What can I do if I am not the biological father and my wife dies? 23 Answers as of June 26, 2013

My wife and the mother of my kids died. After her death I found I am not the biological father of either child. What can I do? My names on birth certificates.

Ask a Local Attorney. 100% Anonymous. Free Answers.

Free Case Evaluation by a Local Lawyer: Click here
Law & Mediation Office of Jeffrey L. Pollock, Esq.
Law & Mediation Office of Jeffrey L. Pollock, Esq. | Jeffrey Lawrence Pollock
You might want to consider filing a Motion for Standing as well as a Complaint for Custody. Since you have been acting "in loco parentis," then explain to the court why the stepchildren would be best served by staying in your custody.
Answer Applies to: Pennsylvania
Replied: 8/22/2011
Beaulier Law Office
Beaulier Law Office | Maury Beaulier
If the children were born during the marriage, you are the presumptive parent and the presumptive custodial parent. You need do nothing to remain the children's legal father.
Answer Applies to: Minnesota
Replied: 8/19/2011
Beresford Booth PLLC
Beresford Booth PLLC | S. Scott Burkhalter
If the child was born during the marriage, the child is presumed yours.
Answer Applies to: Washington
Replied: 8/19/2011
Law Office of Roianne H. Conner
Law Office of Roianne H. Conner | Roianne Houlton Conner
A child born during the marriage is presumed to be the child of the husband unless the father comes forward and moves for a DNA test and custody.
Answer Applies to: Alabama
Replied: 8/19/2011
Joanna Mitchell & Associates, P.A.
Joanna Mitchell & Associates, P.A. | Joanna Mitchell
If the children were born during the marriage, then you are the putative father, even if you are not the biological father. Therefore, if your question is whether someone can take the kids away from you, the answer is no, and you should consult with an attorney immediately if someone is trying to do that. If you are trying to disestablish yourself as their legal father, you would need to file a petition to disestablish paternity, which has multiple technicalities and needs to be done immediately following you learning that you are not the biological father. Therefore, again, you should immediately consult with an attorney, as it is an extremely time sensitive matter. If your existing or potential case is in or near the Central Florida area (Orange, Seminole, Volusia, Lake, Sumter, Marion, and nearby counties), I would be more than happy to speak with you.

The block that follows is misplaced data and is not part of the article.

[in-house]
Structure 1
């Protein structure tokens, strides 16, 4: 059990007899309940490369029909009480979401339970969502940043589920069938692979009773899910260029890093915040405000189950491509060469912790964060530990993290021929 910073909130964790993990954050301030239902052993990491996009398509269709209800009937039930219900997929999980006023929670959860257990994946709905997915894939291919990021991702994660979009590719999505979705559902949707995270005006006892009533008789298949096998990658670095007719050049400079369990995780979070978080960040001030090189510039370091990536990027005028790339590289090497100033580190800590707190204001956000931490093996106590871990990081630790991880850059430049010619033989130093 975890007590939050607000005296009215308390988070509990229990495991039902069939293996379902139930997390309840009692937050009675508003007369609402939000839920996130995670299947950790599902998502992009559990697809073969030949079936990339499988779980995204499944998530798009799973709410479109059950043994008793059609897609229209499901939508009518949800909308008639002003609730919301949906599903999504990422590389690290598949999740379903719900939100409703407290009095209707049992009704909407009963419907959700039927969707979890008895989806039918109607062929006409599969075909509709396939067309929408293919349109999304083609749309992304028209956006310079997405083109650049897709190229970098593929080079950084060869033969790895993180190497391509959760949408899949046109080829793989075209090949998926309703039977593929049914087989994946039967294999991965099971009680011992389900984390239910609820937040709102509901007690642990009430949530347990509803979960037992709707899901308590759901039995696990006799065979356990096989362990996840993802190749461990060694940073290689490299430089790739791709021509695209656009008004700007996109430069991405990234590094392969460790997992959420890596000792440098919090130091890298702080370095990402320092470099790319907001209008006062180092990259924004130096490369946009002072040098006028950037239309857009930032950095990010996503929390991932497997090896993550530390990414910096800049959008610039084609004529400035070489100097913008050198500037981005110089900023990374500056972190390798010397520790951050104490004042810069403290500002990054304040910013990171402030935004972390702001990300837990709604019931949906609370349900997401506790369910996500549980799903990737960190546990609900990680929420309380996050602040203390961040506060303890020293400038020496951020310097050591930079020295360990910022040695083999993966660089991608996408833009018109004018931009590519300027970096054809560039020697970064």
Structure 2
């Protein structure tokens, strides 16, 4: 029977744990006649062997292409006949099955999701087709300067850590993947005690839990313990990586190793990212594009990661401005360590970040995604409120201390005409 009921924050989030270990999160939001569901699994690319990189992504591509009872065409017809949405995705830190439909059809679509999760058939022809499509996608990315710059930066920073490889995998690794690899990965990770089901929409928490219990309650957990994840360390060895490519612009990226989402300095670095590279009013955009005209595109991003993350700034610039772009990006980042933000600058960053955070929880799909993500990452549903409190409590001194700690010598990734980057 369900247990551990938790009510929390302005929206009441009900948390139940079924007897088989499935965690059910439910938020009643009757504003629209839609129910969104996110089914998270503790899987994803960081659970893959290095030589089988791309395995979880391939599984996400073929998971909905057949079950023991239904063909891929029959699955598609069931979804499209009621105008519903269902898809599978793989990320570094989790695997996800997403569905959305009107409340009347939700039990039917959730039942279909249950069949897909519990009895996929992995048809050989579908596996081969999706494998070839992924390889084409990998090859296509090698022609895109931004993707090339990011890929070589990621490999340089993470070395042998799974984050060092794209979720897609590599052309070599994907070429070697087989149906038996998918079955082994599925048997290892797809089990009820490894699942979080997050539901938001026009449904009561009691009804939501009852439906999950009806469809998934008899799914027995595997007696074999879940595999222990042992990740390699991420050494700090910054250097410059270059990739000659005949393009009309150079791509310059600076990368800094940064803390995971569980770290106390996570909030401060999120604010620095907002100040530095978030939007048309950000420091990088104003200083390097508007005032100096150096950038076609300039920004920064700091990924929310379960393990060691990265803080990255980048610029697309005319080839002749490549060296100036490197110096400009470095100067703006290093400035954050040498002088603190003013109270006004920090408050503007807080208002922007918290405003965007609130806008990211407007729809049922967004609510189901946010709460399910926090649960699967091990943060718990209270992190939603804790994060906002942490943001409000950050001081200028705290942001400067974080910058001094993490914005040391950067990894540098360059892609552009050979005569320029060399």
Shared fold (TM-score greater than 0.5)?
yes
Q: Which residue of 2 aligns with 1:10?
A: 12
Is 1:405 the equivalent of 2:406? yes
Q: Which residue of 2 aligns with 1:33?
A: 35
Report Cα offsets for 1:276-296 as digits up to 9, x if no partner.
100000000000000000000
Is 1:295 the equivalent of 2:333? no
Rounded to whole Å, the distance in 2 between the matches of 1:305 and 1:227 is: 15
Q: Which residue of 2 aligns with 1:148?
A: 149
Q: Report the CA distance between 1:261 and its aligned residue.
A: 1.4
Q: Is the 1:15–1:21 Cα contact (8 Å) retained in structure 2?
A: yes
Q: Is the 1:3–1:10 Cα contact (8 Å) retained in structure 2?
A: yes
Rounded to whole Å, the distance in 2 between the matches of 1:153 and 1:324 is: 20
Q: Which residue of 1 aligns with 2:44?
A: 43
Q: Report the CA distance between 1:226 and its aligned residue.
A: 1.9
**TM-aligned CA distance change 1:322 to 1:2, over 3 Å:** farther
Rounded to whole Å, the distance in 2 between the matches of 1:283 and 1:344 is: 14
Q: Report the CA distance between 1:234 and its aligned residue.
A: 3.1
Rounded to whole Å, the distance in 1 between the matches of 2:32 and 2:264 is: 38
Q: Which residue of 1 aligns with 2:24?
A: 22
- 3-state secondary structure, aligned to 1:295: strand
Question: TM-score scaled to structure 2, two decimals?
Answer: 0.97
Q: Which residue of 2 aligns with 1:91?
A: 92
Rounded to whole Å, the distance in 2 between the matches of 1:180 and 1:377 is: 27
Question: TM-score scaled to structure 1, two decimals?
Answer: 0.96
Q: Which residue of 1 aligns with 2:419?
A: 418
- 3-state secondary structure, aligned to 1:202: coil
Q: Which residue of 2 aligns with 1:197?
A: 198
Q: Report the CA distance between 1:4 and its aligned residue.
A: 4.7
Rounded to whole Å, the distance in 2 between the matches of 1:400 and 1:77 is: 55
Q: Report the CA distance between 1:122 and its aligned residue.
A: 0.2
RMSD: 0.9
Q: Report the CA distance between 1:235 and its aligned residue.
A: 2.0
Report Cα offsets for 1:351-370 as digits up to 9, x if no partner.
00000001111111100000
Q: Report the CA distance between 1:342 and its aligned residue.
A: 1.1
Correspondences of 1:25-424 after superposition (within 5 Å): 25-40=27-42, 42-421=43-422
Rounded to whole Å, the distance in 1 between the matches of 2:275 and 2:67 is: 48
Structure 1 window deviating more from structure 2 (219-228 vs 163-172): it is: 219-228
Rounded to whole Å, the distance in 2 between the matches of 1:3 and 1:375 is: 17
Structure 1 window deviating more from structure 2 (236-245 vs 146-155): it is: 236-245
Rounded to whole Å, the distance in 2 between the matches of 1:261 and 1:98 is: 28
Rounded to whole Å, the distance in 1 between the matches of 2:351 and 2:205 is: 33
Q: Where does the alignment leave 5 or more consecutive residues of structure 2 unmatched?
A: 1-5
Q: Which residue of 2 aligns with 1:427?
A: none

Answer Applies to: Florida
Replied: 8/19/2011
    Dunnings Law Firm
    Dunnings Law Firm | Steven Dunnings
    What do you want to do?
    Answer Applies to: Michigan
    Replied: 6/26/2013
    Law Office of Robert L. Fiedler
    Law Office of Robert L. Fiedler | Robert L Fiedler
    If your names are on the birth certificates, you are considered the father.
    Answer Applies to: Connecticut
    Replied: 8/19/2011
    Law Offices of Paul A. Eads, A.P.C.
    Law Offices of Paul A. Eads, A.P.C. | Paul A. Eads
    Is anyone else contesting that you are not the father?
    Answer Applies to: California
    Replied: 6/26/2013
    Goldberg Jones
    Goldberg Jones | Zephyr Hill
    If the children were born during the marriage and are now over 2 years old, you are legally presumed to be the father for good and for bad, they are your kids. If they are younger than 2 years old, you could hunt down the biological father and put the kids in his care, but you better get it all done legally with the help of an attorney.
    Answer Applies to: California
    Replied: 8/19/2011
    Law Office of Michael W. Bugni
    Law Office of Michael W. Bugni | Jay W. Neff
    Without knowing much more about the situation, a definite answer is pretty much impossible. Is someone making an issue of the paternity of the children? Where are the biological fathers? Are they involved? You may end up having to bring an action to have yourself declared a de facto parent of the children. I suppose that it is also possible, if you get the permission of the biological fathers, to adopt the children and make them legally your children.
    Answer Applies to: Washington
    Replied: 8/19/2011
    Ashman Law Office
    Ashman Law Office | Glen Edward Ashman